Chaim Kindergelt’s review published on Letterboxd:
When a film wraps itself around your psyche and brings multiple ideas into varying perspectives, perspectives you have never dreamed of coming across, you have yourself something truly special.
I just want to speak about the opening fifteen minutes for now. We open with two people holding each other as ash rains onto them, covering their skin. We are then given overlapping shots of two others holding each other. The intimacy is clear and we feel the passion in their relationship, whatever it might be, in this moment. What comes next are shots of the disturbing and devastating results of the Nuclear Bomb in Hiroshima. Every so often, another shot of two coupe holding each other appears. Over this sequence is a one-sided dialogue between our main characters. We learn about what she has seen, or supposedly has seen. he connects herself to such tragedy and in response her Japanese lover replies, "You have seen nothing." Seeing as Resnais had been commissioned to create a documentary on the subject of the atomic bomb but created a fiction instead due to his belief that these events cannot be shown and experienced, this line reflects his motivations. These first fifteen minutes are Lui's tragic background, a truth in history, the documentary. For a majority of the remaining runtime we are then met by Elle's own tragic history. The past is brought into perspective in order to give us a glimpse into what Resnais possibly believed to be a defining aspect in what the human condition is made of.
If there is one thing that is constantly an issue in many film we see today, it's the delivery of exposition. Why is is that I am praising this film for it's delivery while I bash others? What writers see exposition as is a tool to teach their characters lessons. What more is that they don't actually show the story being told and decide to just focus on the character reciting it. With Hiroshima Mon amour, much like the recent film From What is Before, the exposition is for us to come and understand our character and her stance on her decisions. It isn't a tale of courage or redemption, but one of grief and sorrow. It is these traits that create the human being and with that, empathy. Resnais also decides to give us small flashes of the story she begins re-living in her mind. These small glimpses give us more of an insight into the way her mind is working. It allows us to not see the past, but she what she sees. Quite a brilliant use of the flashback and as it is, this film is known for it's revolutionary use of editing the past and present together. Without this film, what we know today would not be the same.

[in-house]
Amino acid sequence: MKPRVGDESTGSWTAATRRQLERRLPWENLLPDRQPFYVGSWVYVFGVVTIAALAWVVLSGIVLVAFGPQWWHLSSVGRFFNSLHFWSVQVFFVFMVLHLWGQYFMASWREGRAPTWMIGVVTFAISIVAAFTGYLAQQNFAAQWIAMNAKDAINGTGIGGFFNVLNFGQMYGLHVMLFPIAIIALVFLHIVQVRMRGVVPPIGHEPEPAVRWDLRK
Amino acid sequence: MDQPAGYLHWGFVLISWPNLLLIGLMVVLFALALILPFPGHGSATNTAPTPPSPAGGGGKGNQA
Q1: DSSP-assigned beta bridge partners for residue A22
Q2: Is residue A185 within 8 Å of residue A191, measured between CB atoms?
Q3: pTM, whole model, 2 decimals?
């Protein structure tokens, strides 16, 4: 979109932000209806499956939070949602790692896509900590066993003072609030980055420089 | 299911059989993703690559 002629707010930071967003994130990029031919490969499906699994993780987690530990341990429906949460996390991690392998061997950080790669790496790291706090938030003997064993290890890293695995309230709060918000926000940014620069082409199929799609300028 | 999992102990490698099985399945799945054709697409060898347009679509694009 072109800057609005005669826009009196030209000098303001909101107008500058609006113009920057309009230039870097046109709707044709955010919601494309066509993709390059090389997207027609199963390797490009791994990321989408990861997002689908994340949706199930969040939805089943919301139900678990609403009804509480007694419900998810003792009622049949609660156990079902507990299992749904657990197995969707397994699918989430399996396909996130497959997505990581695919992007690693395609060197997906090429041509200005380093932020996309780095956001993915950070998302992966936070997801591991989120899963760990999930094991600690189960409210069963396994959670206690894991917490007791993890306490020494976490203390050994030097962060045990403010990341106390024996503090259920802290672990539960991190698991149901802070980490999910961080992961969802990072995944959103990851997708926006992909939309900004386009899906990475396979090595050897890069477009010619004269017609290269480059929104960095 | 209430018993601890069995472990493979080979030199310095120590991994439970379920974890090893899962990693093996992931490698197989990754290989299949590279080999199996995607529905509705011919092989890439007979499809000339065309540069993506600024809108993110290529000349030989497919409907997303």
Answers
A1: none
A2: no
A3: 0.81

This becomes the type of film that becomes very objective toward what it presents us. We have two adulterers but we are not guilted into shunning them nor are we pushed to wanting something more for them. The passion between them gives us the foundation and they dynamic builds towards whatever it is you as a viewer wants to take away. Of the Resnais film's I have seen, this seems to be a common presentation technique. He wants you to take away what you might be able to find in the labyrinths that are his films. He understands that they are complex and played pieces of art and gives us the job to analyze and break down. I have much respect for a man so unafraid of the risks that comes with this as well I respect him for believing his audience to b made of intellectual human beings who have experienced life and share their experiences with those of the film.
By the time we get to the ending of the film and the final few words are spoken from the character's mouths, we come to a realization of what more this film might actually be about. Two kinds of people, both ignorant to the others time on earth. But is this a film about people or one about nations? That is a question I don't want a solid answer to. Both plausible outcomes share similarities however, one with a more personal and meaningful effect and the other that grasps the idea of an inevitable failure to understand each other. But both will touch upon what we know as the human condition. Is it a shared experience, one that no matter what will be understandable by everyone? Or is it an idea that can only be defined by the person describing their take on it? This, of course, is left up o you to decide.
There is still so much in this film I wish to unravel upon continuous screenings. This is the third masterpiece and, frankly, third film I have seen by Alain Resnais. He was an auteur of cinema, there is no doubt in that. It is because of what he brought to the screen that film is what it is today. There were others, I don't refute that, but he was one of them. His mysteriously beautiful films are not something to be missed. They are to be watched, over and over and over again.